There is "no expectation" that providers should teach phonics before children reach Reception, Ofsted has said.
The watchdog's specialist adviser on the early years and primary school, Phil Minns, revealed today that Ofsted is aware that the reading method is taught to some children before they start school.
But, speaking at an early years education conference in central London, he also made clear that this is not necessary.
“We would have no expectation of seeing phonics being taught before children are in Reception. We know that it happens sometimes," the HM Inspector said.
Background: 13 things you need to know about phonics
"We would hope most children start phonics quite quickly when they are in Reception – we'd also hope that they're ready for that.
"And we'd hope that staff are knowledgeable enough about phonics and their children to do it in a way which really suits those children's needs.
"Phonics doesn't have to be an unpleasant experience for those children. It can be a short, sharp experience where they're learning skills."
He made the comments during a question and answer session after early years consultant Sue Allingham said: "I do know that schools are suffering under – I don't know if it's a misconception – that phonics has to be drilled in from day one in Reception classes.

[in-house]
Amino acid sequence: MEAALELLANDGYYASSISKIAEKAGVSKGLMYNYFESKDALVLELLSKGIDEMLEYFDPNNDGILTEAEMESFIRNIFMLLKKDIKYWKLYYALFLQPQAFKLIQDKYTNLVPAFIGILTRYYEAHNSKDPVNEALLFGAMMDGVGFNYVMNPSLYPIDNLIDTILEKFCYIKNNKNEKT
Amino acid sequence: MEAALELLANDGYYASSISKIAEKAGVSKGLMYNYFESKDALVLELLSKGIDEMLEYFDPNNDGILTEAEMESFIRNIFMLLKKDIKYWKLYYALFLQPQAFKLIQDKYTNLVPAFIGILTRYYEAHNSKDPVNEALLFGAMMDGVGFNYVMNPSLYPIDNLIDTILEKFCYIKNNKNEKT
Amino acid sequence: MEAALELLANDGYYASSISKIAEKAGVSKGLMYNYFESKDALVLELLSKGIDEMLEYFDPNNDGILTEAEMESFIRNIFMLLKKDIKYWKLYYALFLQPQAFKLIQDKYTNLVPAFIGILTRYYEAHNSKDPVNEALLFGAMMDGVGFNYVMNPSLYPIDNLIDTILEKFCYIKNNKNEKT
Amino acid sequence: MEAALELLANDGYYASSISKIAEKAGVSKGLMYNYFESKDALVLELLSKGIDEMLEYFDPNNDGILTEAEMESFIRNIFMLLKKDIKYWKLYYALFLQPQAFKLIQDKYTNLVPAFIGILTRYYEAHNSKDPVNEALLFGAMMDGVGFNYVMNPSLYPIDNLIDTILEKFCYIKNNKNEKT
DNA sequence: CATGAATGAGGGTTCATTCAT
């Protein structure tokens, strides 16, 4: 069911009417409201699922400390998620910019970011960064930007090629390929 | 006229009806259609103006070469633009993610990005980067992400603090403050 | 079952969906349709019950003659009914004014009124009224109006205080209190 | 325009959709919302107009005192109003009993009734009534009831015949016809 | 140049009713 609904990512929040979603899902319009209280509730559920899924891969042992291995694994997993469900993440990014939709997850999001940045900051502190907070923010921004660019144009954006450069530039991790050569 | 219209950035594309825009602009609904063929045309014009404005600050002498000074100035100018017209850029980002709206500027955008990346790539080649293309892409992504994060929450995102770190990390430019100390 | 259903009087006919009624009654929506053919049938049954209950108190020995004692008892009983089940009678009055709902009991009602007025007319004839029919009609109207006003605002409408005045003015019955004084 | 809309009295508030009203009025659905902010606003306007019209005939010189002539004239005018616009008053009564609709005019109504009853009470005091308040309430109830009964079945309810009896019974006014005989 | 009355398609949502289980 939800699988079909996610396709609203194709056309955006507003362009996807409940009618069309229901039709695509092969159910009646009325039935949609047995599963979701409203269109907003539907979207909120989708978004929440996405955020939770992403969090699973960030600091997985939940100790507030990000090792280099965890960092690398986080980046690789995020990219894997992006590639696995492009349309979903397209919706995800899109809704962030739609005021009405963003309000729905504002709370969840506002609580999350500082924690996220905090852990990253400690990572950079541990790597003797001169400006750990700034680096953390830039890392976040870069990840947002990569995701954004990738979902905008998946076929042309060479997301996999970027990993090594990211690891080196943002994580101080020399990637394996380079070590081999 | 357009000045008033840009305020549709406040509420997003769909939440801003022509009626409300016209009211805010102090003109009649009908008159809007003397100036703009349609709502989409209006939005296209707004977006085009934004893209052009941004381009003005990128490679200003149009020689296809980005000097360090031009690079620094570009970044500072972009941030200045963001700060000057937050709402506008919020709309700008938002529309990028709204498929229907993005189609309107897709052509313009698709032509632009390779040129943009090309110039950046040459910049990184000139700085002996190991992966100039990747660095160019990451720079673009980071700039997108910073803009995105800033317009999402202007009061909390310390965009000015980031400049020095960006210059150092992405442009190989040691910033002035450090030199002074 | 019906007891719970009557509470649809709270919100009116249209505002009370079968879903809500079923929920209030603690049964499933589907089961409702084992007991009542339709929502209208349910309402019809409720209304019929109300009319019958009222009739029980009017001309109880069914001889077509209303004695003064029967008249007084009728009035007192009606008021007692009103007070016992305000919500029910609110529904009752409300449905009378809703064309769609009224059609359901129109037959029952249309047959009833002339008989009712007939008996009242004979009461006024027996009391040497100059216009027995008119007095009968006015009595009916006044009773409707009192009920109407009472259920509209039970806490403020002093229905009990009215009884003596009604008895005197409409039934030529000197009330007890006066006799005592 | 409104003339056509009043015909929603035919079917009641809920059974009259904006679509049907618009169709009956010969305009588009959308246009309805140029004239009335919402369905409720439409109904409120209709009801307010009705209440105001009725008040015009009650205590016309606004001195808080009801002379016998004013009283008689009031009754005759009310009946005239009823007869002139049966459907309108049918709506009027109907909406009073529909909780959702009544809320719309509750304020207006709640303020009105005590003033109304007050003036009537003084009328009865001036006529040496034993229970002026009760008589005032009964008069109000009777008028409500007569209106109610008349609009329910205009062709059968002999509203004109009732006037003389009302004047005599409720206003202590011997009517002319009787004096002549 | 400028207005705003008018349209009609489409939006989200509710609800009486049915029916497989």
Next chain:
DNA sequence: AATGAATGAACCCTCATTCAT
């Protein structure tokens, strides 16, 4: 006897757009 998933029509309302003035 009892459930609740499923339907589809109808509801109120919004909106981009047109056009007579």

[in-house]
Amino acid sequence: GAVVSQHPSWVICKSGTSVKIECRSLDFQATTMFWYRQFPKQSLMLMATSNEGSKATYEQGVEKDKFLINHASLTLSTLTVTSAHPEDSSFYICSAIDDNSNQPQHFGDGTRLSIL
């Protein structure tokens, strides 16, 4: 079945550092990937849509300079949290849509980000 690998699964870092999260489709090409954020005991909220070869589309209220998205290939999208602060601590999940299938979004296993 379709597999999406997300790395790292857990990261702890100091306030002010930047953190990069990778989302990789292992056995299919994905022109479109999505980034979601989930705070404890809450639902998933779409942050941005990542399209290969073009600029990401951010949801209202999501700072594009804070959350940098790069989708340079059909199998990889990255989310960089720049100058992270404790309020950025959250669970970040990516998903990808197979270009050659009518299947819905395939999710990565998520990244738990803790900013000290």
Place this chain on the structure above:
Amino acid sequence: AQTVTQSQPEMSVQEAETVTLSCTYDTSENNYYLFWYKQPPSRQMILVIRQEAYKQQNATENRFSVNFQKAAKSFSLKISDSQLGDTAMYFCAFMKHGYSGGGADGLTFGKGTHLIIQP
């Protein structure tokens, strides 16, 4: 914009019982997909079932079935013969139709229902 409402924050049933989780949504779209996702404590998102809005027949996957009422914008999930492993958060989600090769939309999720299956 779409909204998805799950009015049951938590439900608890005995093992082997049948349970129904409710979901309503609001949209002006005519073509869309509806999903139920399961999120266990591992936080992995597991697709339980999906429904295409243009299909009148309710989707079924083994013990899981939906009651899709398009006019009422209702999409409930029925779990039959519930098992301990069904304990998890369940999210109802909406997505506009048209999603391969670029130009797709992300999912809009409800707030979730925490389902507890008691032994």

"It's having an impact on the non-maintained sector...that this phonics push is being driven down."
Dr Allingham told Tes that providers feel pressure to teach the reading method early in preparation for the phonics screening check, a statutory test taken by children in Year 1.
The screening check is made up of 40 words, one half of which are genuine and the other half are pseudo-words, such as “spraw” or “meck”. Pupils read the words to their teachers, who mark the test and return the results to their local authority, which submits them to the Department for Education.
"[The early introduction of phonics is] definitely screening check driven," Dr Allingham said. "That test tells us nothing and is nationally disliked as an unnecessary hoop to jump through.
"There is nothing wrong with teaching phonics when it is stage appropriate," she said, adding: "If children are not yet secure with speaking and responding, and the listening skills needed to hear words and tune in, then learning phonemes and digraphs literally falls on deaf ears.
"Emotional wellbeing and language must be in place first. Reading is not the same as phonics, which is about decoding."
Asked to expand on Ofsted's position, Mr Minns told Tes: "In the first four years of the EYFS [early years foundation stage], we wouldn't necessarily see phonics, and we wouldn't expect phonics to be taught.
"We know that some places choose to teach phonics early on, but we would hope that that's always because those children are ready for it, and it's done appropriately, and it's done in negotiation with [whichever] school or setting they are moving on to. So it's actually part of a curriculum.
"We do expect children when they get into Reception class to be coming across phonics quite quickly, but we'd say that in an appropriate way, in a well-managed way, in a way that the children can enjoy and engage with well.
"Because phonics [is] just a key skill. Those children are really advantaged by having those key skills as early as they can get them."